Record Review: Simple Minds “New Gold Dream” Boxed Set Of God [part 3]

DISC 3 | Edits + B-Sides

[…continued from last post]

Disc three is the sort of excess curation that we sometimes do with our own REVO CDs to show off. Every 7″ edit [usually with about 0:30 seconds excised for time constraints of daytime radio] from the album is here. Even the 4:46 edit of the album’s title track that only got used on the US Lp and the sole Italian 7″ single of the amazing song. Since “Promised You A Miracle” was recorded first and released as a single in advance of the album, there was nothing to pair it with as a B-side. At this point in time, Simple Minds were recording everything they were writing in a creative frenzy.  Some wag at Virgin made the smart move to use a track from “Sister Feelings Call” as a B-side, and the marvelous “Theme For Great Cities” was a gift to anyone who bought the 7″ single. And a lot of people did this as it was their first UK hit single at #13.

It’s notable that the “Glittering Prize [Theme]” on this disc is the short edit of the instrumental version of the song from 7″ single. Showing the careful eye that Simon Cornwell cast on this project. The only other notable inclusions here were the last two. The original non-LP B-side of “Someone, Somewhere [In Summertime]” was the vivid “Soundtrack For Every Heaven” in its original instrumental guise. The song had been built upon a energetic rhythm from Mike Ogletree. How I wish I had more of that drummer with this band to listen to. Finally, the short 4:46 version of “New Gold Dream [81, 82, 83, 84]” capped off the brief volume for the hard core completists. I had not heard anything but the “German 12″ remix” since 1986 so memories of it were dim indeed.

DISC 4 | Radio Sessions

Now we enter “must buy” territory! Did I just say that I wish I had more recordings of the band with Mike Ogletree playing drums apart from the three tracks on the album where he was drumming: “Colours Fly + Catherine Wheel,” “Somebody Up There Likes You,” and “New Gold Dream [81, 82, 83, 84]?’ Here was where my wish was granted. And Kenny Hyslop helped make “Promised You A Miracle” so memorable. Wouldn’t we have liked to have heard more of him too? Well, it’s all here.

The first session was the band’s Kid Jensen session from Feb. 23, 1982. The band made their first recording of “Promised You A Miracle” here and I have to admit, that I’m now smitten with it as definitive. The tempo lagged ever so slightly to obtain maximum wallop and the biggest difference is the mix that situated MacNeil’s synths higher and more forcefully in the mix. Producer John Owen Williams deserved big thanks for delivering what for me, is now the ultimate version of this song. It’s slightly less nervous than the familiar recording and all the better for it. The version of “In Trance As Mission” has all of the crisp backbeat of the song we know and love and the spotlight on Forbes’ bass line can’t hurt at all, can it? The capper to this session was the familiar version of “King Is White + In The Crowd” that we’ve all heard from the “Someone, Somewhere [In Summertime]” B-side. The arid, exacting version of the song here had a frosty character very different from the later version.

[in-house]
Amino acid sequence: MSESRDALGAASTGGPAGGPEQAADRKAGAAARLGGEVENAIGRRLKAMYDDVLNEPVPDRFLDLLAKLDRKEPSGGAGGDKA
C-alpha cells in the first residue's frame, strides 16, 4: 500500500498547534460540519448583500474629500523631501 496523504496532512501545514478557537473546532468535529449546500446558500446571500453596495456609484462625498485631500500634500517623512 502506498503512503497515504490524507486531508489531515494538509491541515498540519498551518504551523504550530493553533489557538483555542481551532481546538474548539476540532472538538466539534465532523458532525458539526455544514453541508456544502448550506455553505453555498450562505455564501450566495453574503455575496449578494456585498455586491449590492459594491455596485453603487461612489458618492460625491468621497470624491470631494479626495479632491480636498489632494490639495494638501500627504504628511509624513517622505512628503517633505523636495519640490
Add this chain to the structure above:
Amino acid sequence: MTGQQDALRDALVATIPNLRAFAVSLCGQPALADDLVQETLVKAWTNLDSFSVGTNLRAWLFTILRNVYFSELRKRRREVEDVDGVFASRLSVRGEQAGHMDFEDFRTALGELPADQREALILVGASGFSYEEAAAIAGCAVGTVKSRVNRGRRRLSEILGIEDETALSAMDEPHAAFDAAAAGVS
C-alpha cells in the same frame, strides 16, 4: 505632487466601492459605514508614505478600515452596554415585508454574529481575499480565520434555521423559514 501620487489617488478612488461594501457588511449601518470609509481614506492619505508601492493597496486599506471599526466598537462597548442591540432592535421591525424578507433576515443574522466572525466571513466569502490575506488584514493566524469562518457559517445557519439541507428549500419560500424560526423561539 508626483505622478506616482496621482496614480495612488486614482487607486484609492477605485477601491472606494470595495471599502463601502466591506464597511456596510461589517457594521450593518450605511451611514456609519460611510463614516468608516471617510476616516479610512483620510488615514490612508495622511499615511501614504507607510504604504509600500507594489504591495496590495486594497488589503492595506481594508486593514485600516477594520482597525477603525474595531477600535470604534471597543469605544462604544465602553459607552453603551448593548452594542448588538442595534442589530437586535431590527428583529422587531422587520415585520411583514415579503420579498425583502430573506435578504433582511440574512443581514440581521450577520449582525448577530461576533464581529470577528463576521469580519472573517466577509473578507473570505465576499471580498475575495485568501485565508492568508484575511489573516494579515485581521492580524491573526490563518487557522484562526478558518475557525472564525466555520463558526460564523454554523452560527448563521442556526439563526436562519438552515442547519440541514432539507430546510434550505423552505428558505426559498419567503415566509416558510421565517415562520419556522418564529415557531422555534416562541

Next came the infamous missing Peel Session broadcast in May of 1982. Auntie Beeb cannot find the masters for this so the compilers had to resort to the “fan community” to include this lost session. But here is where Mike Ogletree got to get some more time behind the drum kit for our ears to appreciate.The first two tracks sound of lower quality than the other two. “Promised You A Miracle” sounded like nothing more than the 7″ version played on a PA and recorded acoustically. Messy sounding, but nothing that seemed to be much different. “Love Song” was something else. The band got their live arrangement that was a slower tempo with a long percussive buildup for almost two minutes. It was immediately apparent that a drummer other than Brian McGee was behind the kit and I felt that the kinetic percussion slotted well into the music. Sound quality was slightly better than on the first song, but the remaining two tracks were from a much better source. They no longer sounded like live recordings due to broadcast noise.

The version of “Sons + Fascination” was superb! Ogletree favored more of his penchant for percussion, transforming the song in a subtle way that made it clearly different without losing the essence of the song. Finally another version of “King Is White + In The Crowd” figured here with the sound coming home close to what was on the album; only with Ogletree instead of Mel Gaynor drumming. These four tracks got their first commercial release on this disc.

The final session from Sept. 26, 1982, also had Ogletree drumming. Three songs from the “New Gold Dream” album out at the same time. By now, Charlie Burchill’s distinctive guitar intro for “Someone, Somewhere [In Summertime]” was in place thought he song kept to the 7″ length for the rest of it. The band were reaching maximum hot right about this time. Forbes’ bass was moving to the next level and Kerr’s vocals were powerful and confident. With this band behind you, you would be too! John Sparrow’s production was a little more heavy than the airy sound favored by Peter Walsh on the album. Though the album had been recorded live, these versions were less fussy and sounded amazing for it. That’s not to say I can find much fault with the album. Just that these versions crackle with a little more chaotic fire, and the live music fan in me loves the vibe.

Next: …Alternative Rock

About postpunkmonk

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